This is about as fancy as I get, folks.
But, lord. Was it ever good. I called my mother five minutes after I finished eating, specifically to tell her that it was the best meal I’d ever cooked, if not one of the best meals I’d ever eaten. I don’t believe this is a great tribute or testament to my cooking skills, per se, but more to the lovely simplicity of the recipe and its various ingredients.
The Syrah was a wonderful accompaniment not just to the reduction itself (with the balsamic vinegar and shallots), but also tasted perfect alongside the lamb at dinner. And the spice rub was subtly magnificent, not overpowering in the least. Last but not least, the Swiss chard — which is shamefully underrated — added an ideal undercurrent of sweetness to the richness of the lamb and tangy bite of the reduction.
All of the elements in the meal seemed perfectly synchronized. Eating it was like watching an expertly-perfomed ballet. I can’t recommend this recipe highly enough. And to think that it was inspired by a recipe on Allrecipes.com…
My mother had purchased some beautiful lamb chops for a client, but ended up not needing them after all. So, the plump little delicacies were delivered to yours truly, who wouldn’t normally purchase lamb chops for $15 a pound. I ended up casually browing Allrecipes for a recipe that wouldn’t require me to purchase anything else outside of what I already had at home (I enjoy the challenge of cooking with what I have on hand, as I’m sure you all know by now).
What I found was a recipe for lamb chops in a balsamic reduction, served with potatoes au gratin. Richard prefers his reductions with only a hint of balsamic (…heathen) and I prefer serving healthier items than au gratin potatoes, so I bastardized the recipe into what follows. And for a bastard recipe, it ROCKS.
As a quick note, the Syrah I used was from the Chateau Ste Michelle vineyards in Washington state (of which I have very fond memories involving aggressive peacocks and drinking wine out of plastic cups), and it was absolutely divine. Just goes to show that a Syrah doesn’t have to be from California or cost $30 a bottle to be wonderful.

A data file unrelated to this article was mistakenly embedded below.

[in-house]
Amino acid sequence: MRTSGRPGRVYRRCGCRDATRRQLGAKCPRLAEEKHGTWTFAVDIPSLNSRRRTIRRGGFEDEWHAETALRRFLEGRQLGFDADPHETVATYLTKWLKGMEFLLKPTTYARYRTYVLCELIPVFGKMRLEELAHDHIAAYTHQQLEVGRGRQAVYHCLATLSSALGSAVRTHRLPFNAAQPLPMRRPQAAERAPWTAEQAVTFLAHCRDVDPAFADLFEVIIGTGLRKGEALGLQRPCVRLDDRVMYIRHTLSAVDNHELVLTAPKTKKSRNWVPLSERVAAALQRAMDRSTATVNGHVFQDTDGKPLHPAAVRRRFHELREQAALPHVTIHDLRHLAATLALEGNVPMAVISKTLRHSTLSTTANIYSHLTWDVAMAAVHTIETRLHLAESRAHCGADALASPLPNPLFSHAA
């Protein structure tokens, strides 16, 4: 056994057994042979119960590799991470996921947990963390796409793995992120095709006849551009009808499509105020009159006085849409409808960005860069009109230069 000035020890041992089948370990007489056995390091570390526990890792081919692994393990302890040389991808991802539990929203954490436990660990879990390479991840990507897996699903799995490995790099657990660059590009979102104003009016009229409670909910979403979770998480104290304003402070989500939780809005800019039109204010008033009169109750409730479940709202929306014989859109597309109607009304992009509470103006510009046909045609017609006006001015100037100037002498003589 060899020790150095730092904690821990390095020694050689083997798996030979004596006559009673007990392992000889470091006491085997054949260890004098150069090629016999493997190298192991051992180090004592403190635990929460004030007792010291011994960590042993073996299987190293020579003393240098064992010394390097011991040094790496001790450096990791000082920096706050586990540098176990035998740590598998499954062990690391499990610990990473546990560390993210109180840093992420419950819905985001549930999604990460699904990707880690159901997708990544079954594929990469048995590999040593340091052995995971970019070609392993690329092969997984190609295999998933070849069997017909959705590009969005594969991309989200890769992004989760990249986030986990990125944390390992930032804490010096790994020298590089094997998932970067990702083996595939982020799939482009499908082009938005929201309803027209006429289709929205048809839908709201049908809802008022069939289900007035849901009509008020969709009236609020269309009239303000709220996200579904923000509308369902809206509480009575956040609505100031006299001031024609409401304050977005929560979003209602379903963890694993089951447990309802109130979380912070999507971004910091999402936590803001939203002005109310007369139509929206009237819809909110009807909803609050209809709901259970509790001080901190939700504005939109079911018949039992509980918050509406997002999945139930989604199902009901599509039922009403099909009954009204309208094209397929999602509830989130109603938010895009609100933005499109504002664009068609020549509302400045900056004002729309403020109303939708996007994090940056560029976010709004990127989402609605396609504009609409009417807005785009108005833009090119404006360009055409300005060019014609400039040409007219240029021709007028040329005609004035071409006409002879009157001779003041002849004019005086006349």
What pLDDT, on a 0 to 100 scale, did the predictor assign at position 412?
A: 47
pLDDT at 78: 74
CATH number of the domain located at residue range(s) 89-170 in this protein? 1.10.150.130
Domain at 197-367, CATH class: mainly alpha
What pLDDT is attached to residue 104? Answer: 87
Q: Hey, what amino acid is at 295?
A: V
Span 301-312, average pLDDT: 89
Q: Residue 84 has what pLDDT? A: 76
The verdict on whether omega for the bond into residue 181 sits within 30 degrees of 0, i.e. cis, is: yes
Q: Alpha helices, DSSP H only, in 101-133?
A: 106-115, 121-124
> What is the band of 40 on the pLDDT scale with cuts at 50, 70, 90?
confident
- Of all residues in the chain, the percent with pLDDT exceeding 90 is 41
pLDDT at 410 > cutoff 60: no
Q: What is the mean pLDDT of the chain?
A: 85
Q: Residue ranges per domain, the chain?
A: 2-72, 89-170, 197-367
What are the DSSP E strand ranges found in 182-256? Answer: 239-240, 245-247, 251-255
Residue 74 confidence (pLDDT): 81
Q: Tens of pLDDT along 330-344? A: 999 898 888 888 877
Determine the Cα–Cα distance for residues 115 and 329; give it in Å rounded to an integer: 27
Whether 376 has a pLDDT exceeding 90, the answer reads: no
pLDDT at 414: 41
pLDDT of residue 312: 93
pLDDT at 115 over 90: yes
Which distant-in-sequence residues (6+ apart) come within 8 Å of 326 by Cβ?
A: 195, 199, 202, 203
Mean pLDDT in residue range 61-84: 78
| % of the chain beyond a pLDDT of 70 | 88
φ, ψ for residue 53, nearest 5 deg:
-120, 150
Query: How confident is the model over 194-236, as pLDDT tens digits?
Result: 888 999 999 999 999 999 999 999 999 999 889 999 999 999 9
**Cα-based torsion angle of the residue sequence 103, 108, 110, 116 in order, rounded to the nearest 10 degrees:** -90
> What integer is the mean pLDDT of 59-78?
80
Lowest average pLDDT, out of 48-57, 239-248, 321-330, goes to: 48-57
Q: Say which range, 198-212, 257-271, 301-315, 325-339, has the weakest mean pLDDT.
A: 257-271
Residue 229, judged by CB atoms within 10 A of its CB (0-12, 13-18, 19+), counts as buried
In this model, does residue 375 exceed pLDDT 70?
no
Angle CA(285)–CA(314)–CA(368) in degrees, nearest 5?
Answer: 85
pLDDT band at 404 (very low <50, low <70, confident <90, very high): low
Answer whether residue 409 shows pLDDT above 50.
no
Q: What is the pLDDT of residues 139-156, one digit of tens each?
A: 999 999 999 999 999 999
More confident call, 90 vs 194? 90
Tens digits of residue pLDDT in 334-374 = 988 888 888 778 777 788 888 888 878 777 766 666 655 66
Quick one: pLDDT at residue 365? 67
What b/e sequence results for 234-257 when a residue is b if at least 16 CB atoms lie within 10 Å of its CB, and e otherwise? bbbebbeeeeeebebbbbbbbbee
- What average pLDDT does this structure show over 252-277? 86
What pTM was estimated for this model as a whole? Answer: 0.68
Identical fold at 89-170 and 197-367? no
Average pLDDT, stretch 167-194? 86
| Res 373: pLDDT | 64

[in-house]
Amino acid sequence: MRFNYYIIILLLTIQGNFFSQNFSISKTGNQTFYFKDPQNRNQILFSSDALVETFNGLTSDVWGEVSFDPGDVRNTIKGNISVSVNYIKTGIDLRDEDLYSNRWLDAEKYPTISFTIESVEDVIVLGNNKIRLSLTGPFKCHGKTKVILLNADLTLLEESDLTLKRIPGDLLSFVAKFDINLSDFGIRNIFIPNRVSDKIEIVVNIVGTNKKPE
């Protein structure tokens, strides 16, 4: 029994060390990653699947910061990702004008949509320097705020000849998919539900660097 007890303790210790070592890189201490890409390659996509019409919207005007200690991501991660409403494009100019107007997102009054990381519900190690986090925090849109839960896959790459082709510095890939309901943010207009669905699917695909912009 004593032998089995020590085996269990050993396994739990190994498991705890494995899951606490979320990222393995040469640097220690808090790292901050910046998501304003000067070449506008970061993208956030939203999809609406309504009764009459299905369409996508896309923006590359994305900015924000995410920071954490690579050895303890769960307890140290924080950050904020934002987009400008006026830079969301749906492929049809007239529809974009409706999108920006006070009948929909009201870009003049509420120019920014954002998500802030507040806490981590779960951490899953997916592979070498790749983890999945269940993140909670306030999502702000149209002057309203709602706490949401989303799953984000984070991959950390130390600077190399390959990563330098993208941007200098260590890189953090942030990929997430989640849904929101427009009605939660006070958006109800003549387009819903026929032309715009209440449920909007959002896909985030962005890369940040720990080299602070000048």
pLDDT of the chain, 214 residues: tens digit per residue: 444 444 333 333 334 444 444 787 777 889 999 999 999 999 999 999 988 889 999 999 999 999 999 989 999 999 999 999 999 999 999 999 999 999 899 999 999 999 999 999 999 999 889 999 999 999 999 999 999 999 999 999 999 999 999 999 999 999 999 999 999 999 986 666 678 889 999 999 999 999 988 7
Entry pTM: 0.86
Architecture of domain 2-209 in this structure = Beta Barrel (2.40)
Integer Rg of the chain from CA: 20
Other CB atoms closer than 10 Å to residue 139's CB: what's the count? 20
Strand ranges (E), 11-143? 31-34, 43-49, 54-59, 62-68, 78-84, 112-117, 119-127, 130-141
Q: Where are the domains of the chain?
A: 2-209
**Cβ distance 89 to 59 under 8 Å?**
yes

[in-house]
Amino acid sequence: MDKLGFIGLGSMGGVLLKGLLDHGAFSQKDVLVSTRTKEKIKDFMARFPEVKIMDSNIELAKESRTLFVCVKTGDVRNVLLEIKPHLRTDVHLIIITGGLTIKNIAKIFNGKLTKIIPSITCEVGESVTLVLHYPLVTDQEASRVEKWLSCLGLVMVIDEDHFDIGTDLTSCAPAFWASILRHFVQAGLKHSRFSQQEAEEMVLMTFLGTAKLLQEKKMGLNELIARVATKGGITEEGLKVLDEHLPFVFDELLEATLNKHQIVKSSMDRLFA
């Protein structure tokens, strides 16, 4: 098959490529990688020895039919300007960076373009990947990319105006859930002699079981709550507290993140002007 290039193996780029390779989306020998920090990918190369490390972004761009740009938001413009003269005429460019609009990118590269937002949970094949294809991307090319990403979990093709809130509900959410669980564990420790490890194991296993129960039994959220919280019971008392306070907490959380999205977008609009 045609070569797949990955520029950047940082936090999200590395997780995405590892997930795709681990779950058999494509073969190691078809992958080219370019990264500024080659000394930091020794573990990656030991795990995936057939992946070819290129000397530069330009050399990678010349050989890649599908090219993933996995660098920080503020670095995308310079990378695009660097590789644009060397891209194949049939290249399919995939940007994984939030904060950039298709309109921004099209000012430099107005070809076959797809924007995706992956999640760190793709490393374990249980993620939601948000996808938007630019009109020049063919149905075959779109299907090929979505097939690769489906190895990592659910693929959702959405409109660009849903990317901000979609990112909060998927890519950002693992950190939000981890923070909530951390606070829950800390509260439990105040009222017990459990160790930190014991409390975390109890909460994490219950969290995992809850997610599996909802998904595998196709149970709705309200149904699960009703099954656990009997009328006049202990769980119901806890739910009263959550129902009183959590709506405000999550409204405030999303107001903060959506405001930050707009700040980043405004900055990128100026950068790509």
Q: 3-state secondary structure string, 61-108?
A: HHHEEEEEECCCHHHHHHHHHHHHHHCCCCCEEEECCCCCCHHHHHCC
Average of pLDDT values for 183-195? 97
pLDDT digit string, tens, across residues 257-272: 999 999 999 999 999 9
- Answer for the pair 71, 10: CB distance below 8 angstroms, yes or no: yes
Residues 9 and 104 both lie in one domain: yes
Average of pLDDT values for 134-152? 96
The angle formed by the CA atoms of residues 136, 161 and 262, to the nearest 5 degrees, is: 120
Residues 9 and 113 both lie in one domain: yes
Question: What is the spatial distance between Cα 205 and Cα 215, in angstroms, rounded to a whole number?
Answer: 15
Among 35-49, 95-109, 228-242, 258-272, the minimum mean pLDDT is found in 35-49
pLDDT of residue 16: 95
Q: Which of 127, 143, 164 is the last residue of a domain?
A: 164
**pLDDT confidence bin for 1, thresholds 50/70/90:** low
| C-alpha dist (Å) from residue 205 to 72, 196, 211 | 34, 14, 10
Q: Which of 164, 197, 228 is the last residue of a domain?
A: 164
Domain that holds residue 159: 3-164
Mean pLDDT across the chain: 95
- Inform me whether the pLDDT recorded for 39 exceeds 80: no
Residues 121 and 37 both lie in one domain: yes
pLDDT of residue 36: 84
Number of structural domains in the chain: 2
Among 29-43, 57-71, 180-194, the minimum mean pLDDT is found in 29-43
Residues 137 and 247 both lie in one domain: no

Lamb Chops in a Balsamic-Syrah Reduction with Swiss Chard and White Potatoes
- 3/4 tsp. dried rosemary
- 1/4 tsp. dried basil
- 1/2 tsp. dried thyme
- koshering salt and pepper (to taste)
- 4 lamb chops (3/4 inch thick)
- 2 Tbsp. olive oil
- 1/4 c. minced shallots
- 1/4 c. balsamic vinegar
- 1/4 c. Syrah (Cabernet or Port would also work)
- 3/4 c. vegetable (or beef) broth
- 1 large bunch Swiss chard
- 1 tablespoon butter
- 1 lb. white or Fingerling potatoes
First, assemble your spices and combine the rosemary, basil and thyme in a small bowl. Add the koshering salt and pepper to taste. Pat the spice mixture onto the lamb chops, covering both sides well. Place the chops on a plate, cover with a paper towel and set aside for 15 minutes to let the chops absorb the flavors from the spices.
While your lamb chops are soaking up their spice treatment, prep the Swiss chard and potatoes. All that you need to do with the Swiss chard is to cut off the lovely red ends and tear the leaves into somewhat smaller pieces. Upon cooking, it will wilt quite heavily — like spinach, not like kale — so you don’t have to make them bite-sized. Put the leaves into a pot and add a small amount of water for steaming. You’ll want to start steaming the Swiss chard as soon as you put your lamb chops into the pan, since it takes longer to steam than spinach does.
As for your potatoes, you can either roast them (…yum!) or boil them. I boiled them only because Richard adores boiled potates (seriously…you can take the man out of England, but you can’t take the love of English cuisine out of the man). However, I would recommend roasting them in all other circumstances. Either way, get your taters to boiling (or roasting) while your lamb chops are finishing up their spice bath.
When all of that is finished, heat a large skillet over medium-high heat. When the pan is hot, add your olive oil. This will help prevent any sticking, which is definitely crucial when dealing with delicate meat and reductions. When the oil is hot, place your lamb chops in the skillet and cook for about three minutes per side for medium-rare. If you insist on having your lamb any more done than medium-rare, well…I guess that’s your perogative, but it sure won’t taste as good. Remove the chops from the skillet, and keep warm on a serving platter.
Add the minced shallots to the skillet, and cook for one or two minutes, just until browned. Stir in the balsamic vinegar and Syrah, scraping any bits of lamb from the bottom of the skillet, then stir in the vegetable broth. Continue to cook and stir over medium-high heat for about 5 minutes, until the sauce has reduced by half. You may feel inclined to add a knob of butter at this time; I say, go ahead.
The Swiss chard and potatoes should be done by this point. Plate the lamb chops on top of the steamed and drained Swiss chard and pour the balsamic-Syrah reduction on top. Serve alongside your roasted (or boiled) potatoes and enjoy!